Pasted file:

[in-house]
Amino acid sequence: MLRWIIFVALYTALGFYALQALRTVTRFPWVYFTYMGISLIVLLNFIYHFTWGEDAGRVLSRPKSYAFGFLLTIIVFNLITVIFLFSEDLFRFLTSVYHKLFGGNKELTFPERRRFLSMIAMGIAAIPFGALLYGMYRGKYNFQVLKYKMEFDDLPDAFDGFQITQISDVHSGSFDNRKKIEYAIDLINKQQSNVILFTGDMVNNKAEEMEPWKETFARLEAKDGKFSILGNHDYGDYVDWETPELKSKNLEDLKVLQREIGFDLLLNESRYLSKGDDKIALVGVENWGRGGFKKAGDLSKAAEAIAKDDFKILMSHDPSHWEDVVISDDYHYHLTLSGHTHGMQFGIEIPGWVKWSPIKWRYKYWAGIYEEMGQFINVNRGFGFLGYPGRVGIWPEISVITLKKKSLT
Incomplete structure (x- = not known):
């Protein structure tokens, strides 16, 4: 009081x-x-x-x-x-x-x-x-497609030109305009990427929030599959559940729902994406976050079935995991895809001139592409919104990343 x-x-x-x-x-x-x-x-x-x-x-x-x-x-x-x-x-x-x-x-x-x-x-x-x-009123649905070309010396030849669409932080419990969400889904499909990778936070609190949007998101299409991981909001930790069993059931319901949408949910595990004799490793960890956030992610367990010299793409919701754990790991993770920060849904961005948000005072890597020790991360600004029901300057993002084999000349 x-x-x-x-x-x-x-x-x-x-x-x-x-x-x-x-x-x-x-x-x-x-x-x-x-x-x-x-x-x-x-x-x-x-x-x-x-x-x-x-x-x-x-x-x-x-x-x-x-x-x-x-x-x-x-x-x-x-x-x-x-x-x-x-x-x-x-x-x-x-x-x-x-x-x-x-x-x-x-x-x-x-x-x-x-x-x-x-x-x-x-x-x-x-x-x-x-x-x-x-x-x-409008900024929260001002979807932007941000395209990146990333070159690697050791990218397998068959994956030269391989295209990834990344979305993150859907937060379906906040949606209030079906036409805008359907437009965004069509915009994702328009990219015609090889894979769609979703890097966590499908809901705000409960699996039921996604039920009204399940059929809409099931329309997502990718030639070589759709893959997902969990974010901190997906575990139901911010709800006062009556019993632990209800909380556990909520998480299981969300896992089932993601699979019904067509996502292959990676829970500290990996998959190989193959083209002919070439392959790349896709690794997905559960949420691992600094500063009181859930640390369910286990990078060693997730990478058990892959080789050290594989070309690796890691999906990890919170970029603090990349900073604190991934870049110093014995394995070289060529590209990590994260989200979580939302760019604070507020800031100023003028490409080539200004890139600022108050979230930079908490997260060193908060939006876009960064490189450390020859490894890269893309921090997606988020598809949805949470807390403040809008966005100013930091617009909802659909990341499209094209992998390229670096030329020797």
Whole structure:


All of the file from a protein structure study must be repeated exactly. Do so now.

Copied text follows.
[in-house]
Amino acid sequence: MLRWIIFVALYTALGFYALQALRTVTRFPWVYFTYMGISLIVLLNFIYHFTWGEDAGRVLSRPKSYAFGFLLTIIVFNLITVIFLFSEDLFRFLTSVYHKLFGGNKELTFPERRRFLSMIAMGIAAIPFGALLYGMYRGKYNFQVLKYKMEFDDLPDAFDGFQITQISDVHSGSFDNRKKIEYAIDLINKQQSNVILFTGDMVNNKAEEMEPWKETFARLEAKDGKFSILGNHDYGDYVDWETPELKSKNLEDLKVLQREIGFDLLLNESRYLSKGDDKIALVGVENWGRGGFKKAGDLSKAAEAIAKDDFKILMSHDPSHWEDVVISDDYHYHLTLSGHTHGMQFGIEIPGWVKWSPIKWRYKYWAGIYEEMGQFINVNRGFGFLGYPGRVGIWPEISVITLKKKSLT
Incomplete structure (x- = not known):
């Protein structure tokens, strides 16, 4: 009081x-x-x-x-x-x-x-x-497609030109305009990427929030599959559940729902994406976050079935995991895809001139592409919104990343 x-x-x-x-x-x-x-x-x-x-x-x-x-x-x-x-x-x-x-x-x-x-x-x-x-009123649905070309010396030849669409932080419990969400889904499909990778936070609190949007998101299409991981909001930790069993059931319901949408949910595990004799490793960890956030992610367990010299793409919701754990790991993770920060849904961005948000005072890597020790991360600004029901300057993002084999000349 x-x-x-x-x-x-x-x-x-x-x-x-x-x-x-x-x-x-x-x-x-x-x-x-x-x-x-x-x-x-x-x-x-x-x-x-x-x-x-x-x-x-x-x-x-x-x-x-x-x-x-x-x-x-x-x-x-x-x-x-x-x-x-x-x-x-x-x-x-x-x-x-x-x-x-x-x-x-x-x-x-x-x-x-x-x-x-x-x-x-x-x-x-x-x-x-x-x-x-x-x-x-409008900024929260001002979807932007941000395209990146990333070159690697050791990218397998068959994956030269391989295209990834990344979305993150859907937060379906906040949606209030079906036409805008359907437009965004069509915009994702328009990219015609090889894979769609979703890097966590499908809901705000409960699996039921996604039920009204399940059929809409099931329309997502990718030639070589759709893959997902969990974010901190997906575990139901911010709800006062009556019993632990209800909380556990909520998480299981969300896992089932993601699979019904067509996502292959990676829970500290990996998959190989193959083209002919070439392959790349896709690794997905559960949420691992600094500063009181859930640390369910286990990078060693997730990478058990892959080789050290594989070309690796890691999906990890919170970029603090990349900073604190991934870049110093014995394995070289060529590209990590994260989200979580939302760019604070507020800031100023003028490409080539200004890139600022108050979230930079908490997260060193908060939006876009960064490189450390020859490894890269893309921090997606988020598809949805949470807390403040809008966005100013930091617009909802659909990341499209094209992998390229670096030329020797």
Whole structure: